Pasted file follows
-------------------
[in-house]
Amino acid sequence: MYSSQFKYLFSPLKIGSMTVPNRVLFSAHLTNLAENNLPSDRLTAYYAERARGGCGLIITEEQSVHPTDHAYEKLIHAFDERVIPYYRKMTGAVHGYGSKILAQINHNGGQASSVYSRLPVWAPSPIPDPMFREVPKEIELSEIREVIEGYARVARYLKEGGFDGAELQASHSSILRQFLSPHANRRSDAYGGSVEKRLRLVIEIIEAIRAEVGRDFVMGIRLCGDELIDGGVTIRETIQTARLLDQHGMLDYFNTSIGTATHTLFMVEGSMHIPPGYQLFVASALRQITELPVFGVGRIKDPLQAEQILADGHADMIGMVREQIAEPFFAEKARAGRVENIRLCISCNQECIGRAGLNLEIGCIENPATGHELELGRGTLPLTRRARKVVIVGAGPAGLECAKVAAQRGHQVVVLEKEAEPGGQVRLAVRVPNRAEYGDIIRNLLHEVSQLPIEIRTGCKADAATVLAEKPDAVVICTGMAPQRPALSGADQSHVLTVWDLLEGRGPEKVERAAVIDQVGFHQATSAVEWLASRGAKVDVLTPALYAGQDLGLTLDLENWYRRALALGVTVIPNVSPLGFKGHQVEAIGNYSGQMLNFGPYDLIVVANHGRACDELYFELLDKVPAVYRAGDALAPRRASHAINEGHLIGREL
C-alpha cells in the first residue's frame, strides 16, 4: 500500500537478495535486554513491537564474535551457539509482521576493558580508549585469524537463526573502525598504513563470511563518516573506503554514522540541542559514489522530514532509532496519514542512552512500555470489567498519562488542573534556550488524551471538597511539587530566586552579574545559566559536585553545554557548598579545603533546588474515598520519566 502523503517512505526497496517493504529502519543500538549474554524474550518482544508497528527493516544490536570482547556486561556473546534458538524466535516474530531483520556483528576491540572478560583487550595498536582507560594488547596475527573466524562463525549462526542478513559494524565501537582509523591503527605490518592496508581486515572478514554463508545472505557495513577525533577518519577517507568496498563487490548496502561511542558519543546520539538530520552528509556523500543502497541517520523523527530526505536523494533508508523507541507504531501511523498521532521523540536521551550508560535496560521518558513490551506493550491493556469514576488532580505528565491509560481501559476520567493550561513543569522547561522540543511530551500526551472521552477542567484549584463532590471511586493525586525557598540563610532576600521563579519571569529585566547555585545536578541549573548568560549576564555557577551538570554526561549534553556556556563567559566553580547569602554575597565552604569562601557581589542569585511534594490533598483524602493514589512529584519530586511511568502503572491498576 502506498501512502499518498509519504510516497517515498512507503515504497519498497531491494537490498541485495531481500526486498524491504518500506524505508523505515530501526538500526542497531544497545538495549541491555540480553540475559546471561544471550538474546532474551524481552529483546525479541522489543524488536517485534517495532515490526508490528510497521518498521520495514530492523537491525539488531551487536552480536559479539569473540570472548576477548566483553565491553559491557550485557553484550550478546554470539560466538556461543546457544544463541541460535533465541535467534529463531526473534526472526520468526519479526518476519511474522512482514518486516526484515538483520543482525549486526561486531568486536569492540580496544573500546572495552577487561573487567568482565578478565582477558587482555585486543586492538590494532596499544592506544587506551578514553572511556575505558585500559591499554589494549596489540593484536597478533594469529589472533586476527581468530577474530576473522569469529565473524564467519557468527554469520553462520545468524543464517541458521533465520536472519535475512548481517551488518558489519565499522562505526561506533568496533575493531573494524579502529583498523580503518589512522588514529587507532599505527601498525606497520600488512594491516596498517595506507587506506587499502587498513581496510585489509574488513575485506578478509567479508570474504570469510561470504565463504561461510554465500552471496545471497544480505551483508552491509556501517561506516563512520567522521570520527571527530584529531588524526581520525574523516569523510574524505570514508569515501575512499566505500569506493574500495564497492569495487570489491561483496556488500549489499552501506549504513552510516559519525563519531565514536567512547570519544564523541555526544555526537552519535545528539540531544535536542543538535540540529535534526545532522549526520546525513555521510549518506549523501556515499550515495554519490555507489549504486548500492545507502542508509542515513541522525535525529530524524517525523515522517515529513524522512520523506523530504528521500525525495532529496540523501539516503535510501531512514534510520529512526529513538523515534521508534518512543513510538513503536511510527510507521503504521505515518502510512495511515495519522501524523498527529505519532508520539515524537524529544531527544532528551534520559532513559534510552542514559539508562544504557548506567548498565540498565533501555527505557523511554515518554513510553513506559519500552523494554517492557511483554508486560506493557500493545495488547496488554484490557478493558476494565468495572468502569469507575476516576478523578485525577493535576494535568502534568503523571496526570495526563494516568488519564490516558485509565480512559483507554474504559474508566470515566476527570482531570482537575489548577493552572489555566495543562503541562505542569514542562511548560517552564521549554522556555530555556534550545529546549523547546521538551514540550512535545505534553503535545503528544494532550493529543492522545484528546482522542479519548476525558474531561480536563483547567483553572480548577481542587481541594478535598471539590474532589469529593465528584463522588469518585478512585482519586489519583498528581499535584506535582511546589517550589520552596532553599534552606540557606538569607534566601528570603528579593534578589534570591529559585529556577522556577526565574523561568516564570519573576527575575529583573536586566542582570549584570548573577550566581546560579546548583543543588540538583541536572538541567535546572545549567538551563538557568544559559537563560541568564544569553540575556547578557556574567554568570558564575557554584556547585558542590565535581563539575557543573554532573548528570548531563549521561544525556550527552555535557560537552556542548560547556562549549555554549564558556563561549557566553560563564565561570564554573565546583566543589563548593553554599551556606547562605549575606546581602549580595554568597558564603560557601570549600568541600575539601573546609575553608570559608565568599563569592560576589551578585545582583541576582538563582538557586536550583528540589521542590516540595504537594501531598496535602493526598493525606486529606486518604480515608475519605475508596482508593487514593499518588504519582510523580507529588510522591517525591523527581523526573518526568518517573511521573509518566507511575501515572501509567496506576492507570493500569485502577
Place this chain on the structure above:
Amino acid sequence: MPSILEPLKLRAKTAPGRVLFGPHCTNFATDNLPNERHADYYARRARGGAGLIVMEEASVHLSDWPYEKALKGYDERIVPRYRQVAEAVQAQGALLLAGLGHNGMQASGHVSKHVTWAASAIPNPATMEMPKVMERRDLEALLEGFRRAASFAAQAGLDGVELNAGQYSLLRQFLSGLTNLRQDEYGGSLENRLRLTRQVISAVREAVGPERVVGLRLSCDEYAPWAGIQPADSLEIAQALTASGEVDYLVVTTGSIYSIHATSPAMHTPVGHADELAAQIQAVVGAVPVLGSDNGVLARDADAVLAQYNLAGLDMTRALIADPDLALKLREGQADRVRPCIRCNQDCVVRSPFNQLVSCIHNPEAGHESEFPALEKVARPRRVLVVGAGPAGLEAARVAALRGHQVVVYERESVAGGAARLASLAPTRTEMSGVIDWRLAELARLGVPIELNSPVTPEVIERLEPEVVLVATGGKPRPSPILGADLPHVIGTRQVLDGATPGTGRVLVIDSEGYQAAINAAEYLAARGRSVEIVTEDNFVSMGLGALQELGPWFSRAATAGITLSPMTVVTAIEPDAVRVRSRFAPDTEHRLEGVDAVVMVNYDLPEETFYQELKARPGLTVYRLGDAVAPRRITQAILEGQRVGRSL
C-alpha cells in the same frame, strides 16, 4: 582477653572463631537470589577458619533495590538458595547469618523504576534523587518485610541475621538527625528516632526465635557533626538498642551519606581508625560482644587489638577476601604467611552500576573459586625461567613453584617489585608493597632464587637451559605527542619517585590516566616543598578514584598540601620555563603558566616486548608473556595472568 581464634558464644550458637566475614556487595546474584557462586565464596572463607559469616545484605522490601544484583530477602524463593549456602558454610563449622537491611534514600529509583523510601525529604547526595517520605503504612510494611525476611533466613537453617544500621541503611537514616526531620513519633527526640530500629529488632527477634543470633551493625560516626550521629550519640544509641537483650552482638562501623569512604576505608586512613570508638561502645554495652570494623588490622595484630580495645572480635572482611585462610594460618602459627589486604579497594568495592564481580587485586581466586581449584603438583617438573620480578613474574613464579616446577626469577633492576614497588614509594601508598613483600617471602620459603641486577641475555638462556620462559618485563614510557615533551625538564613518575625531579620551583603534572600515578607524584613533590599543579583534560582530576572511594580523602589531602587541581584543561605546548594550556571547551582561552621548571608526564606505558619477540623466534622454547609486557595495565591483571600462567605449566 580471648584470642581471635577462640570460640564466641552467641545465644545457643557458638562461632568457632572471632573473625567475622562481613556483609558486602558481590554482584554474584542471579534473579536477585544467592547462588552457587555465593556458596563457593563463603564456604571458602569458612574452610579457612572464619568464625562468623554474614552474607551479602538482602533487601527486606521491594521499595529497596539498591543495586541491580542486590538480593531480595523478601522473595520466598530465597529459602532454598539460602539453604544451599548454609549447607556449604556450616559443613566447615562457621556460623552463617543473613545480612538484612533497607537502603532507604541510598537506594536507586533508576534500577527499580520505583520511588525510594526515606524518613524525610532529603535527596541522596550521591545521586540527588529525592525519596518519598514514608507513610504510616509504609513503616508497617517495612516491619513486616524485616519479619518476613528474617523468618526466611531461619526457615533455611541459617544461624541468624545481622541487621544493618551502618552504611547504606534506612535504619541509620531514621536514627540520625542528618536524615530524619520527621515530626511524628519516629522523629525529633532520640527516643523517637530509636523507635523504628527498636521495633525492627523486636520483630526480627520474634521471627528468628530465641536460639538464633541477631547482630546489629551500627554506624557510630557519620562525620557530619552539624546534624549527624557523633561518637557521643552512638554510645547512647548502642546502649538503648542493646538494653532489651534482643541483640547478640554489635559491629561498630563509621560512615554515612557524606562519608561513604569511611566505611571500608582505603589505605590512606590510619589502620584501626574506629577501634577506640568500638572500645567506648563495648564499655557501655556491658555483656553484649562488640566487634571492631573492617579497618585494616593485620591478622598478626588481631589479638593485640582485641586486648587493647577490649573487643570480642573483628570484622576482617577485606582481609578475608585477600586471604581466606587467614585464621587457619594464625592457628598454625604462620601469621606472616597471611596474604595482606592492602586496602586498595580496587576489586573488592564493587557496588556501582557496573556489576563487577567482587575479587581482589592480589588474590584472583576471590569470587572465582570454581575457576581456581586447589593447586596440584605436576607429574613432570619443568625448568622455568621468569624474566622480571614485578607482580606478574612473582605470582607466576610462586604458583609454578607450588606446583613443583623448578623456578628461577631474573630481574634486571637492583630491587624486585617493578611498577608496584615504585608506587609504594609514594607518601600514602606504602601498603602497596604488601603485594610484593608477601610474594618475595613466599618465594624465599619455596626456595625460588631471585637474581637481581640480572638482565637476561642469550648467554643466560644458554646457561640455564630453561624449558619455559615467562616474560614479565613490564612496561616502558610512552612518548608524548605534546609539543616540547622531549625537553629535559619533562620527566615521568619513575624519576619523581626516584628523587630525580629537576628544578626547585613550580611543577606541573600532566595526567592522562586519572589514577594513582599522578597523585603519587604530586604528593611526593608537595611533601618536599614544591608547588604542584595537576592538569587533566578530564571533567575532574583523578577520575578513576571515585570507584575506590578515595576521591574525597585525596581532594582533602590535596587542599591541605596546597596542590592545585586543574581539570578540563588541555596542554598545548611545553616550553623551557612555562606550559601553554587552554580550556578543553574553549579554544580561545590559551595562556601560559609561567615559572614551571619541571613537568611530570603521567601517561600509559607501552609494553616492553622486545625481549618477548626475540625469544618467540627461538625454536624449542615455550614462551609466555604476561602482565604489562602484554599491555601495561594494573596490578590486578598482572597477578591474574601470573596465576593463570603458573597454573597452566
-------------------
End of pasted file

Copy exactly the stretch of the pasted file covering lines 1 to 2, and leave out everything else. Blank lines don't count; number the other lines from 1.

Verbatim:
[in-house]
Amino acid sequence: MYSSQFKYLFSPLKIGSMTVPNRVLFSAHLTNLAENNLPSDRLTAYYAERARGGCGLIITEEQSVHPTDHAYEKLIHAFDERVIPYYRKMTGAVHGYGSKILAQINHNGGQASSVYSRLPVWAPSPIPDPMFREVPKEIELSEIREVIEGYARVARYLKEGGFDGAELQASHSSILRQFLSPHANRRSDAYGGSVEKRLRLVIEIIEAIRAEVGRDFVMGIRLCGDELIDGGVTIRETIQTARLLDQHGMLDYFNTSIGTATHTLFMVEGSMHIPPGYQLFVASALRQITELPVFGVGRIKDPLQAEQILADGHADMIGMVREQIAEPFFAEKARAGRVENIRLCISCNQECIGRAGLNLEIGCIENPATGHELELGRGTLPLTRRARKVVIVGAGPAGLECAKVAAQRGHQVVVLEKEAEPGGQVRLAVRVPNRAEYGDIIRNLLHEVSQLPIEIRTGCKADAATVLAEKPDAVVICTGMAPQRPALSGADQSHVLTVWDLLEGRGPEKVERAAVIDQVGFHQATSAVEWLASRGAKVDVLTPALYAGQDLGLTLDLENWYRRALALGVTVIPNVSPLGFKGHQVEAIGNYSGQMLNFGPYDLIVVANHGRACDELYFELLDKVPAVYRAGDALAPRRASHAINEGHLIGREL